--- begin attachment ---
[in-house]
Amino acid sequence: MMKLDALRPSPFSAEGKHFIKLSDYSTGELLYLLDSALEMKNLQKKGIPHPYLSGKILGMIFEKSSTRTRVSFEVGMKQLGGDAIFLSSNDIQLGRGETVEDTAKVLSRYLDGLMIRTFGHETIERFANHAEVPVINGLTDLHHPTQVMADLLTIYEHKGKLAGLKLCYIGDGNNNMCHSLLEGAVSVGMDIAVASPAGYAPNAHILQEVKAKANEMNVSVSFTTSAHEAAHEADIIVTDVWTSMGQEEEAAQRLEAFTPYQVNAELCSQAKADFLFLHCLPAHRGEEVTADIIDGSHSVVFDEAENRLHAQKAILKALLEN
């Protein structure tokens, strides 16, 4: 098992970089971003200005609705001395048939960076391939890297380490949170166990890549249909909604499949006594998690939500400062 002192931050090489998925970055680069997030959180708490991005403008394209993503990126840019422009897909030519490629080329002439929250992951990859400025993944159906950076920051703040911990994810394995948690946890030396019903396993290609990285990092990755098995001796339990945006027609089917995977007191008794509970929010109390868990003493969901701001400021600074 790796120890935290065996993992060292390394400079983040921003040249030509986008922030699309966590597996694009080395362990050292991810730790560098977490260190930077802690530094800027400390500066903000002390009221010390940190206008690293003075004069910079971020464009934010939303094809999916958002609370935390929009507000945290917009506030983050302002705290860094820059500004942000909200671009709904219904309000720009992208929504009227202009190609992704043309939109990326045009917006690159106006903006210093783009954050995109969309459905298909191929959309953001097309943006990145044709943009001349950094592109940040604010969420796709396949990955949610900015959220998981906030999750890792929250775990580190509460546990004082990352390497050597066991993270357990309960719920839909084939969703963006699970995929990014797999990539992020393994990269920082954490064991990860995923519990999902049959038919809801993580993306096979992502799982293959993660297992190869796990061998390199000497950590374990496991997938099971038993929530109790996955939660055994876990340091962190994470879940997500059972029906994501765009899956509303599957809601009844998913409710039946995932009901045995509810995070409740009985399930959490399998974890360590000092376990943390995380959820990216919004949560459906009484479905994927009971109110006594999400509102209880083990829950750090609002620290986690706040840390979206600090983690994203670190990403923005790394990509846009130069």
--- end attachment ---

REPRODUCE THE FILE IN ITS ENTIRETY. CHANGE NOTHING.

[in-house]
Amino acid sequence: MMKLDALRPSPFSAEGKHFIKLSDYSTGELLYLLDSALEMKNLQKKGIPHPYLSGKILGMIFEKSSTRTRVSFEVGMKQLGGDAIFLSSNDIQLGRGETVEDTAKVLSRYLDGLMIRTFGHETIERFANHAEVPVINGLTDLHHPTQVMADLLTIYEHKGKLAGLKLCYIGDGNNNMCHSLLEGAVSVGMDIAVASPAGYAPNAHILQEVKAKANEMNVSVSFTTSAHEAAHEADIIVTDVWTSMGQEEEAAQRLEAFTPYQVNAELCSQAKADFLFLHCLPAHRGEEVTADIIDGSHSVVFDEAENRLHAQKAILKALLEN
């Protein structure tokens, strides 16, 4: 098992970089971003200005609705001395048939960076391939890297380490949170166990890549249909909604499949006594998690939500400062 002192931050090489998925970055680069997030959180708490991005403008394209993503990126840019422009897909030519490629080329002439929250992951990859400025993944159906950076920051703040911990994810394995948690946890030396019903396993290609990285990092990755098995001796339990945006027609089917995977007191008794509970929010109390868990003493969901701001400021600074 790796120890935290065996993992060292390394400079983040921003040249030509986008922030699309966590597996694009080395362990050292991810730790560098977490260190930077802690530094800027400390500066903000002390009221010390940190206008690293003075004069910079971020464009934010939303094809999916958002609370935390929009507000945290917009506030983050302002705290860094820059500004942000909200671009709904219904309000720009992208929504009227202009190609992704043309939109990326045009917006690159106006903006210093783009954050995109969309459905298909191929959309953001097309943006990145044709943009001349950094592109940040604010969420796709396949990955949610900015959220998981906030999750890792929250775990580190509460546990004082990352390497050597066991993270357990309960719920839909084939969703963006699970995929990014797999990539992020393994990269920082954490064991990860995923519990999902049959038919809801993580993306096979992502799982293959993660297992190869796990061998390199000497950590374990496991997938099971038993929530109790996955939660055994876990340091962190994470879940997500059972029906994501765009899956509303599957809601009844998913409710039946995932009901045995509810995070409740009985399930959490399998974890360590000092376990943390995380959820990216919004949560459906009484479905994927009971109110006594999400509102209880083990829950750090609002620290986690706040840390979206600090983690994203670190990403923005790394990509846009130069």